11 March, 2012
Antique mirrored glass can be so beautiful, especially if you find a piece as crazed and crackled as this. From the 19th century, this repoussé sterling silver mirror is a wonderful find as these types of original items are showing up less and less as time progresses. Mounted on a velvet wrapped wooden base, this mirror would make an elegant addition to the dressing table or desk in one's boudior. The boarder of this piece consists of sterling vines, birds, lilies and cherubs with an engraved monogram at the top. In my opinion, the aging on the back of this piece is almost as beautiful as the front.
10 March, 2012
Here we have a charming 19th century candelabra in a typical u-shape. Originally, this piece would have held wax candles but has since been electrified to cater to today's conveniences. Among the beautiful bronze vines and florets are three eye-popping blue opaline glass flowers that really make this piece stand out. I love its asymmetry, allowing your eye to move around and constantly find something new.
07 March, 2012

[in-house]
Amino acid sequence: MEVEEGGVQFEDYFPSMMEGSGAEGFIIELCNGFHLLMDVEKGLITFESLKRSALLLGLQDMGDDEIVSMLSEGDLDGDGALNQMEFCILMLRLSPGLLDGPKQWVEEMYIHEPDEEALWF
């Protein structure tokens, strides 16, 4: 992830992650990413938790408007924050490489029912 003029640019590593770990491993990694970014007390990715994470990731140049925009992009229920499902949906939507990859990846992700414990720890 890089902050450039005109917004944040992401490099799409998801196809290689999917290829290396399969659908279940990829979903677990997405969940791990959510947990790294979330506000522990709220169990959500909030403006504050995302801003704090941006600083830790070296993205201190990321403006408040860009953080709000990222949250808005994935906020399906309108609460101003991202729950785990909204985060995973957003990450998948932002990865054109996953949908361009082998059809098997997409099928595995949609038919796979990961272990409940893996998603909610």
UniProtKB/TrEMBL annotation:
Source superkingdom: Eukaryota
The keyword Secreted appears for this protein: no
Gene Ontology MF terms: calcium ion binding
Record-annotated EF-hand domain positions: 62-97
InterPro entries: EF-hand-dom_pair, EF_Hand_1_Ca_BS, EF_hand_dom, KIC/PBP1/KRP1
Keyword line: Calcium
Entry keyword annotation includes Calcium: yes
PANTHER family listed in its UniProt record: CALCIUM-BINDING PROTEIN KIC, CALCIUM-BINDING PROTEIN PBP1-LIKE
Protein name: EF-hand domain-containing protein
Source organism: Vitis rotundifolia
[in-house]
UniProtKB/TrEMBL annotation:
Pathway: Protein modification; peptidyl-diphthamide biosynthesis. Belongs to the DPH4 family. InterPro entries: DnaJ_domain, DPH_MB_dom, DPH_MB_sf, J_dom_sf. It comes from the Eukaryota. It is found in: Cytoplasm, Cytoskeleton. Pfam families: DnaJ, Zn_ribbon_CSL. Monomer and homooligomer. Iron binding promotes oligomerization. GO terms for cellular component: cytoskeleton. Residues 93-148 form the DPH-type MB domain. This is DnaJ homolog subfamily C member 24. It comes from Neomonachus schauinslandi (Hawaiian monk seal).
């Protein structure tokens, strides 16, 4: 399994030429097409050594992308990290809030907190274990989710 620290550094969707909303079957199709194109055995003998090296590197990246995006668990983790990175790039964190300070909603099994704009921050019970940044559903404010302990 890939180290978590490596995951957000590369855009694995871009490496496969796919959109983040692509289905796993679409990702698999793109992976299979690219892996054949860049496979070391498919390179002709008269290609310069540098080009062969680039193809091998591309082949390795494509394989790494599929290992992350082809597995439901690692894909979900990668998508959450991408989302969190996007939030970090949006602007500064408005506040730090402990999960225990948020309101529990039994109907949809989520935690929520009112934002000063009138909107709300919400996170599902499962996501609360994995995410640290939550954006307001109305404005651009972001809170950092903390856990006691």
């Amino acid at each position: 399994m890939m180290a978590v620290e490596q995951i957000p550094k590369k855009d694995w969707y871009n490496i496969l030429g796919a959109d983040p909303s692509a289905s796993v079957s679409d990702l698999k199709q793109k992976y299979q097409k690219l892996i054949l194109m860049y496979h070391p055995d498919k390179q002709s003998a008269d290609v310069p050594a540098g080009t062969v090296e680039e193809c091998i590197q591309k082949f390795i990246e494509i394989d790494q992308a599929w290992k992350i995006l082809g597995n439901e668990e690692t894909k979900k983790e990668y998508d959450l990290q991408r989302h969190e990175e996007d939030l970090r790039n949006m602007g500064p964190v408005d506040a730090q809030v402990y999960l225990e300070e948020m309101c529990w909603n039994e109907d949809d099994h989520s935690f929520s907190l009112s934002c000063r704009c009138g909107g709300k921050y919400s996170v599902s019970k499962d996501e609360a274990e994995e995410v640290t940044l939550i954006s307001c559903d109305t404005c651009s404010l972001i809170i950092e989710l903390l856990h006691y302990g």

Art Nouveau - A favorite of many, and most definitely a favorite of mine. When I think of Art Nouveau, I think of the dripping lines, beautiful women with long twisting hair, and green glass. This punch bowl, on display at the Minneapolis Institute of Arts, incorporates all of those aspects of the Art Nouveau movement and so much more. Crafted in 1900, this German made piece was produced by the famous Art Nouveau tableware manufacturer WMF (Wurttembergische Metalwarenfabrik). The punch bowl consists of a green glass bowl encapsulated by twisting tendrils of silver plate. A matching ladle with an ethereal looking woman on the handle tip completes the set. There is almost something eerie about it, would you think twice before drinking what's inside?
Image from the Minneapolis Institute of Arts
I love adding symmetry to a mantle, and a great way to do that is with urns. One can find them in almost any medium, from porcelain to carved wood, and in many different styles. These French classical urns, created during the 19th century, are made of the most beautiful marble with swirling black and yellowish honey colors. Cast in bronze ormolu, this pair stands at just over a foot tall making in a good standard size to add into any decor. The thick stripes of contrasting marble are what really makes these urns stand out, in my opinion.